SPECIAL TOPIC: ANTHROPOMORPHIC LANGUAGE TO DESCRIBE DEITY

I. This type of language (i.e., deity described in human terms) is very common in the OT (some examples)

A. Physical body parts

1. eyes – Gen. 1:4,31; 6:8; Exod. 33:17; Num. 14:14; Deut. 11:12; Zech. 4:10

 2. hands – Exod. 15:17; Num. 11:23; Deut. 2:15

 3. arm – Exod. 6:6; 15:16; Deut. 4:34; 5:15

 4. ears – Num. 11:18; 1 Sam. 8:21; 2 Kgs. 19:16; Ps. 5:1; 10:17; 18:6 

 5. face – Exod. 33:11; Lev. 20:3,5,6; Num. 6:25; 12:8; Deut. 31:17; 32:20; 34:10

 6. finger – Exod. 8:19; 31:18; Deut. 9:10; Ps. 8:3

 7. voice – Gen. 3:9,11,13; Exod. 15:26; 19:19; Deut. 26:17; 27:10

 8. feet – Exod. 24:10; Ezek. 43:7

 9. human form – Exod. 24:9-11; Psalm 47; Isa. 6:1; Ezek. 1:26

 10. the angel of the Lord – Gen. 16:7-13; 22:11-15; 31:11,13; 48:15-16; Exod. 3:4,13-21; 14:19; Jdgs. 2:1; 6:22-23; 13:3-22

B. Physical actions (see examples)

1. speaking as the mechanism of creation – Gen. 1:3,6,9,11,14,20,24,26

2. walking (i.e., sound of) – Gen. 3:8; Lev.26:12; Deut. 23:14; Hab. 23:14

3. closing the door of Noah's ark – Gen. 7:16

4. smelling sacrifices – Gen. 8:21; Lev. 26:31; Amos 5:21

5. coming down – Gen. 11:5; 18:21; Exod. 3:8; 19:11,18,20

6. burying Moses – Deut. 34:6

C. Human emotions (some examples)

1. regret/repent – Gen. 6:6,7; Exod. 32:14; Jdgs. 2:18; 1 Sam. 15:29,35; Amos 7:3,6

 2. anger – Exod. 4:14; 15:7; Num. 11:10; 12:9; 22:22; 25:3,4; 32:10,13,14; Deut. 6:15; 7:4; 29:20

 3. jealousy – Exod. 20:5; 34:14; Deut. 4:24; 5:9; 6:15; 32:16,21; Josh. 24:19

 4. loathe/abhor – Lev. 20:23; 26:30; Deut. 32:19

D. Family terms (some examples)

 1. Father

 a. of Israel – Exod. 4:22; Deut. 14:1; Isa. 1:2; 63:16; 64:8; Jer. 31:9; Hos. 11:1

 b. of the king – 2 Sam. 7:11-16; Ps. 2:7

 c. metaphors of fatherly action – Deut. 1:31; 8:5; 32:6-14; Ps. 27:10; Pro. 3:12; Jer. 3:4,22; 31:20; Hosea 11:1-4; Mal. 3:17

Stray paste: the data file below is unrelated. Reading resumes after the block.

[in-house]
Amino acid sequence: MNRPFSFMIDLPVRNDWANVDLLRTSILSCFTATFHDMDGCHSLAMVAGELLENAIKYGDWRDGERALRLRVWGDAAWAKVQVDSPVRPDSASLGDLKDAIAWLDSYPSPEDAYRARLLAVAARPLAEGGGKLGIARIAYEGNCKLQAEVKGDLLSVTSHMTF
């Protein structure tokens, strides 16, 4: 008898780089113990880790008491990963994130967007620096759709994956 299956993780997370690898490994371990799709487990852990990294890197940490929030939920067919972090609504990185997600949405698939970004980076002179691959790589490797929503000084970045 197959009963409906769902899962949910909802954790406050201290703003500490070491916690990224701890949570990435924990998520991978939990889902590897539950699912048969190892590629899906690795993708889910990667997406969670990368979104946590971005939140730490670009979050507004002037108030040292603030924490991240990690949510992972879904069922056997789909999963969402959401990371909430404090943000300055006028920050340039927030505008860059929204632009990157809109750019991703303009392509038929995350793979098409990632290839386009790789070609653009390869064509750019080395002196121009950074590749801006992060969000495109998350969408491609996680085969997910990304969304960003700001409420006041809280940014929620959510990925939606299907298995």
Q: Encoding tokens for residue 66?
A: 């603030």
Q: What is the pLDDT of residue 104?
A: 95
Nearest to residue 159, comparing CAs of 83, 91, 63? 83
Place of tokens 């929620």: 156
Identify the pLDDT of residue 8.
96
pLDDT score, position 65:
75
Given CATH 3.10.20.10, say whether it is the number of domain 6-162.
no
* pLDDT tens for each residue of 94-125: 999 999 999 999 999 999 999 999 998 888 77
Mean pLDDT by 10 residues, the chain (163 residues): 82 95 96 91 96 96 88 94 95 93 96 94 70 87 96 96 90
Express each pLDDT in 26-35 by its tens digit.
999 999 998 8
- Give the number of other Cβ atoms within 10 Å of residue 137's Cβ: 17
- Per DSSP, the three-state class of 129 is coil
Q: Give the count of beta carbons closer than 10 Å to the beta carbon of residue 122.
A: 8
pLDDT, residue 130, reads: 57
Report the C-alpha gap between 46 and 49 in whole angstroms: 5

2. Parent – Hosea 11:1-4

 3. Mother – Isa. 49:15; 66:9-13 (analogy to nursing mother)

 4. Young faithful lover – Hosea 1-3

 

II. Reasons for the use of this type of language

A. It is a necessity for God to reveal Himself to human beings.  There is no other vocabulary than fallen, worldly words. The very pervasive concept of God as male is one example an anthropomorphism because God is spirit!

B. God takes the most meaningful aspects of human life and uses them to reveal Himself to fallen humanity (father, mother, parent, lover).

C. Though necessary at times (i.e., Gen. 3:8), God does not want to be limited to any physical form (cf. Exodus 20; Deuteronomy 5)

D. The ultimate anthropomorphism is the incarnation of Jesus!  God became physical, touchable (cf. I John 1:1-3).  The message of God became the Word of God (cf. John 1:1-18).

 

III.  For a good brief discussion, see G. B. Caird, The Language and Imagery of the Bible, chapter 10, "Anthropomorphism," in The International Standard Bible     Encyclopaedia, pp. 152-154

 

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